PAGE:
This September Pain Awareness Month 2021, let’s come together to #KnowYourPainWithCPI!
What is pain?
The World Health Organisation (WHO) defines pain as “an unpleasant sensory and emotional experience associated with, or resembling that associated with, actual or potential tissue damage.”
Different types of pain – Acute & Chronic Pain
Pain can be of numerous types. Let us look at the classification of pain based on its duration.
Acute pain is the pain that typically lasts for 3 to 6 months or less. It can also be understood as pain that occurs as a result of soft tissue damage. For instance, a sprained ankle or a paper cut.
Chronic pain, on the other hand, is pain that lasts for a much longer duration than acute pain. At times, it even spans months and years.
We’ll be delving deeper into it in our subsequent posts. Stay tuned!
What is Chronic Pain?
According to the International Association for the Study of Pain, chronic pain refers to pain that has no biological cause and stays for a long time much after recovery from the pain-causing illness. Chronic pain can also occur with a pre-existing health condition, such as arthritis.
Simply put, chronic pain is any pain that persists for 3 months or more (Treede, et al., 2019).
For some, chronic pain may be present continuously, for others it may function like an on and off switch. However, irrespective of the duration of chronic pain, it has been seen that it affects people drastically, including their work, physical health, and ability to participate in activities and enjoy life.
When does Pain Become Chronic?
While there is no fixed definition of chronic pain, usually pain that lasts beyond 12 weeks to months and years is considered chronic.
There may be an injury or physical trauma causing pain that continues beyond the usual healing time.
However, for most CP warriors, it is connected to some underlying condition.
Some common conditions linked to chronic pain include fibromyalgia, migraine, arthritis, etc.
Is Chronic Pain a Disability?
Whether chronic pain is a disability or not depends on the definition of disability which varies across countries. At the global level, chronic pain isn’t considered a disability in itself. In India, even if your chronic pain is debilitating and severe, you won’t be eligible for any benefits under the law. In India, a person with chronic pain would get benefits that are available for persons with disabilities under the law, if their underlying conditions fall within the list of 21 disabilities.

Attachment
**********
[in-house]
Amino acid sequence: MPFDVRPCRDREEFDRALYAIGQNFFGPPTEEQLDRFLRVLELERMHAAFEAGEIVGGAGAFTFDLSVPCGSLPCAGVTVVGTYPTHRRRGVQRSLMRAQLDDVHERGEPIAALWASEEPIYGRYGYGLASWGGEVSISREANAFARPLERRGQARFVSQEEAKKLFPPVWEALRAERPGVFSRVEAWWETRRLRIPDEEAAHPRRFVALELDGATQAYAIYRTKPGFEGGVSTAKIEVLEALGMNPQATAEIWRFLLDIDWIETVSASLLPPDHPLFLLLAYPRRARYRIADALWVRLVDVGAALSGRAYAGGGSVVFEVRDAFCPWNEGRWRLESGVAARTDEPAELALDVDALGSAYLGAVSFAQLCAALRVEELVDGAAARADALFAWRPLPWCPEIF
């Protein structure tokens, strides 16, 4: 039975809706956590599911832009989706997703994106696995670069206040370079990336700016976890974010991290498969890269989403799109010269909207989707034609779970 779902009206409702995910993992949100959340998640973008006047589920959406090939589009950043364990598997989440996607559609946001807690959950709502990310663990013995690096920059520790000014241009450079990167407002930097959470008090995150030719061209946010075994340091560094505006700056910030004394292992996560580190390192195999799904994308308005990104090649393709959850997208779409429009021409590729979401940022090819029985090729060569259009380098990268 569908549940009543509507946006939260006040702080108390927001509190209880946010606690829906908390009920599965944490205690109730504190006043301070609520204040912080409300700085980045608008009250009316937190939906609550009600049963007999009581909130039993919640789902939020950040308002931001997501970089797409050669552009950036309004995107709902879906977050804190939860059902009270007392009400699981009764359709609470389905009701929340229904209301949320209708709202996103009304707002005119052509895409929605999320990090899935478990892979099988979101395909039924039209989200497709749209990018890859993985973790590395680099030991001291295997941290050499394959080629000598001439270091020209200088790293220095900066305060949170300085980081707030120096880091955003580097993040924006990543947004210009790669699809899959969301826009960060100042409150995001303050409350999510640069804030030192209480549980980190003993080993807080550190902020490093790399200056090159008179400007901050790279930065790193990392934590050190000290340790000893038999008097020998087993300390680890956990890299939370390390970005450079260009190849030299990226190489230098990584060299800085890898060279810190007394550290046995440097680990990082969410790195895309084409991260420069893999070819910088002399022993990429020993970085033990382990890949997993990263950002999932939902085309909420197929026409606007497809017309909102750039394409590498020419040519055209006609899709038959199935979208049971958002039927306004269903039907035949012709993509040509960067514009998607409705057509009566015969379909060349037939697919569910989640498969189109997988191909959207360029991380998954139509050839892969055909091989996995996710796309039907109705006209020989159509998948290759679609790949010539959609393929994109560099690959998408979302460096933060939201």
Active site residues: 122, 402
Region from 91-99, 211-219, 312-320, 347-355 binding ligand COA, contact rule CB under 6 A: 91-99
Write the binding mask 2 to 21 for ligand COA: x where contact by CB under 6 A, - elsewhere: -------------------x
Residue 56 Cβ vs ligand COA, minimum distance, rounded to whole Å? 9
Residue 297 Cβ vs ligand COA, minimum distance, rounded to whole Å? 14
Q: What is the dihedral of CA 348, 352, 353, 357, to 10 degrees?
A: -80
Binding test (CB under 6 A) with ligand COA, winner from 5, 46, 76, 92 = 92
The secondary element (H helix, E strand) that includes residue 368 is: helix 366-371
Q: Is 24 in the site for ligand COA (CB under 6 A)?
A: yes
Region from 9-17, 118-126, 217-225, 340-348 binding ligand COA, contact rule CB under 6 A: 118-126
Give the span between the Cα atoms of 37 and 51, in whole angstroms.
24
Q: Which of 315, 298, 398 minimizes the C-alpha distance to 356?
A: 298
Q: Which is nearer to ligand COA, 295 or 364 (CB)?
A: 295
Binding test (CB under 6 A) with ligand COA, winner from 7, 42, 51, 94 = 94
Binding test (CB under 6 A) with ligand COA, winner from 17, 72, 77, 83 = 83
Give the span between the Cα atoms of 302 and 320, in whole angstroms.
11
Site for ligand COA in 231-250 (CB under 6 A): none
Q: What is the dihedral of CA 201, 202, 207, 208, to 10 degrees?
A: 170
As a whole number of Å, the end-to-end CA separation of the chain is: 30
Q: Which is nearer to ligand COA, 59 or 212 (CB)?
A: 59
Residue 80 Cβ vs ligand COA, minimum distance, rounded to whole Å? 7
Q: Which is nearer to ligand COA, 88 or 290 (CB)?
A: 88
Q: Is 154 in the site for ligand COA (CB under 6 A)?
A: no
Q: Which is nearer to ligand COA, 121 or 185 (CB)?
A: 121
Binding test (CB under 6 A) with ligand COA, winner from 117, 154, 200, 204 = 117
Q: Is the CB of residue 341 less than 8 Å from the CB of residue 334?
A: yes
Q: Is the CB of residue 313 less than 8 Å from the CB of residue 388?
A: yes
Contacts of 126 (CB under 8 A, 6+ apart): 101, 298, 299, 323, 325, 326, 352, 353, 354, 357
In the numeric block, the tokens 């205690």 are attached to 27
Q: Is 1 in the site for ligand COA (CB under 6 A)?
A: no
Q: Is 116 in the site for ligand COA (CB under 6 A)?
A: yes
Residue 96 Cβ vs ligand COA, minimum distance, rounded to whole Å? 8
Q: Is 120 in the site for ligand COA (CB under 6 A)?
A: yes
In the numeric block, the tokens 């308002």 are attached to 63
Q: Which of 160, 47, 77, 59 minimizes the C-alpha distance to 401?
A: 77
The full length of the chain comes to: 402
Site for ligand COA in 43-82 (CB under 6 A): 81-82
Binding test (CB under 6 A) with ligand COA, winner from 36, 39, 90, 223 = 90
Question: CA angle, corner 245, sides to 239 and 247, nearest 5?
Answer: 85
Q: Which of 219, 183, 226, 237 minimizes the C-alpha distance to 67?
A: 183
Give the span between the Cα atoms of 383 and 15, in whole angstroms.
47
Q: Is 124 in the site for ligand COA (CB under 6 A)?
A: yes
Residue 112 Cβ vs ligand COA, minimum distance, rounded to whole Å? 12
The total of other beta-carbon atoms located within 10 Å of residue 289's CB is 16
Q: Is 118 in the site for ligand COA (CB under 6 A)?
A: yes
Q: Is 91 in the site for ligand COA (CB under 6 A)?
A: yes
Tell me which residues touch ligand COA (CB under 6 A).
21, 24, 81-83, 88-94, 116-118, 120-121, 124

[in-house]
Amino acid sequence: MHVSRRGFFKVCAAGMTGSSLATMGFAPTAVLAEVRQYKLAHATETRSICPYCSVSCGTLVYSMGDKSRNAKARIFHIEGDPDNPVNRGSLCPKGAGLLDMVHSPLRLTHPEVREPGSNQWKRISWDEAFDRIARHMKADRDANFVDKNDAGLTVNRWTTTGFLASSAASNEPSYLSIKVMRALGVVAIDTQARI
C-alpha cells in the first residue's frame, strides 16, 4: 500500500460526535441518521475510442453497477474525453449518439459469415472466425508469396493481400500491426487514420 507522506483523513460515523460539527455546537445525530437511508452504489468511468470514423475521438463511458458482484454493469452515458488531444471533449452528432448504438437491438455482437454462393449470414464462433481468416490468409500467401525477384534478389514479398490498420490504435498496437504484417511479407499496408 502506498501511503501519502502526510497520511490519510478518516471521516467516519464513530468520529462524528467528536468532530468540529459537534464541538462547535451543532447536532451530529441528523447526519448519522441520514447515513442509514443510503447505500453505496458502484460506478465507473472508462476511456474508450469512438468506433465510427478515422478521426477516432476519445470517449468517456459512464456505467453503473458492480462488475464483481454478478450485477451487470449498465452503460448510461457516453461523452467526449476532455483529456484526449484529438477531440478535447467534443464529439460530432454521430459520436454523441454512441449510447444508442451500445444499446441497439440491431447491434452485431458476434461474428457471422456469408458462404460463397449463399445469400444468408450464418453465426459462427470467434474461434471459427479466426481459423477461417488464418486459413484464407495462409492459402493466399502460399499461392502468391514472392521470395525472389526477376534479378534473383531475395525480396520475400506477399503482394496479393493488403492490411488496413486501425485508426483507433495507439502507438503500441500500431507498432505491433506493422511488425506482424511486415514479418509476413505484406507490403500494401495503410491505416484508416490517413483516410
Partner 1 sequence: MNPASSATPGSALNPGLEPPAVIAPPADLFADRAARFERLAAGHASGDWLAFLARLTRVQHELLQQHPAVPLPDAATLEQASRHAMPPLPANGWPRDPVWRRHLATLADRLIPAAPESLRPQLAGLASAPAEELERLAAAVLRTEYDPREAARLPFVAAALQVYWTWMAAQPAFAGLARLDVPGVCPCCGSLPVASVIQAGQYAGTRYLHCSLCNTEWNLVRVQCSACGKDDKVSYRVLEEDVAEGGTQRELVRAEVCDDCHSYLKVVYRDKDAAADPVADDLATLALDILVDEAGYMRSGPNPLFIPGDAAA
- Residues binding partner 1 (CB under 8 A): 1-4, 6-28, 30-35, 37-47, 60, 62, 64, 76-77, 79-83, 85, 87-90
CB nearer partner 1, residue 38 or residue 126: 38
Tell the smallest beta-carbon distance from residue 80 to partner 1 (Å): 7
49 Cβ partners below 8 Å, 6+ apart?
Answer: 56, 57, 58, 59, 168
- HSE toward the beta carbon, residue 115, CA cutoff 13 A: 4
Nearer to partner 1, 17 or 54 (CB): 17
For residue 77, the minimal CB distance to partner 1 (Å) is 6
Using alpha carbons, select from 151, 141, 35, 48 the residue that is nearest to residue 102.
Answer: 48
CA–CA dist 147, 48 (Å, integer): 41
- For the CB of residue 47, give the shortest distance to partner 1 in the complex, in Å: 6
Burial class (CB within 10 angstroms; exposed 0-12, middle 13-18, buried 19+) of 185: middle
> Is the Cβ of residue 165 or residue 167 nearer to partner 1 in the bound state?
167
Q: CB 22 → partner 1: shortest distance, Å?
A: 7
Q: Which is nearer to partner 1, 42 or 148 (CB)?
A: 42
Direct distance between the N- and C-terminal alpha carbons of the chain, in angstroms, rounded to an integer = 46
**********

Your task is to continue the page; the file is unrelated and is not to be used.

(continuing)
Is Chronic Pain a Diagnosis?
No. Chronic pain is one of the symptoms of many underlying conditions. Your doctor will do tests and examinations to determine the cause of chronic pain. The diagnosis will involve identifying the underlying condition that causes the pain.
Chronic Pain and its Relationship with Mind
Chronic pain and mental health are closely connected. On one hand, living with chronic pain has severe mental health repercussions. It can lead to anxiety as we don’t know what our next day would feel like and if the pain will surface again to crash our plans.
Some of us lose a lot from our old lives and it can lead to depression, self-worth and self-image issues, etc. It is also very isolating as we often can’t participate in social activities fully.
On the other hand, mental health conditions can cause chronic pain such as migraines and body pain. For example, Fibromyalgia, which is a chronic pain condition, has been linked to stress and depression.
Usually, it is not possible to tell, which came first – chronic pain or mental health challenges. They go hand-in-hand and heighten each other. A holistic treatment plan that looks into the body and mind is needed for chronic pain warriors.
Chronic Pain and its Relationship with Body
Those living with chronic pain often have a tricky relationship with their bodies. Sometimes, it feels like our bodies have failed us with the constant pain affecting our daily lives. We have to give up our plans and change our ambitions/dreams.
There are also body image issues that may arise with some of the symptoms of various chronic pain conditions and due to side effects of some of the medicines such as weight gain, acne, hair loss etc.
Living with chronic pain is an important lesson in loving and caring for your body. It means listening to its needs like a good diet, exercise, adequate rest, good posture, sleep – whatever works for you.
It’s good to build a respectful and peaceful relationship with your body. Our journeys with chronic pain lead to more self-awareness and empathy.
….to be continued…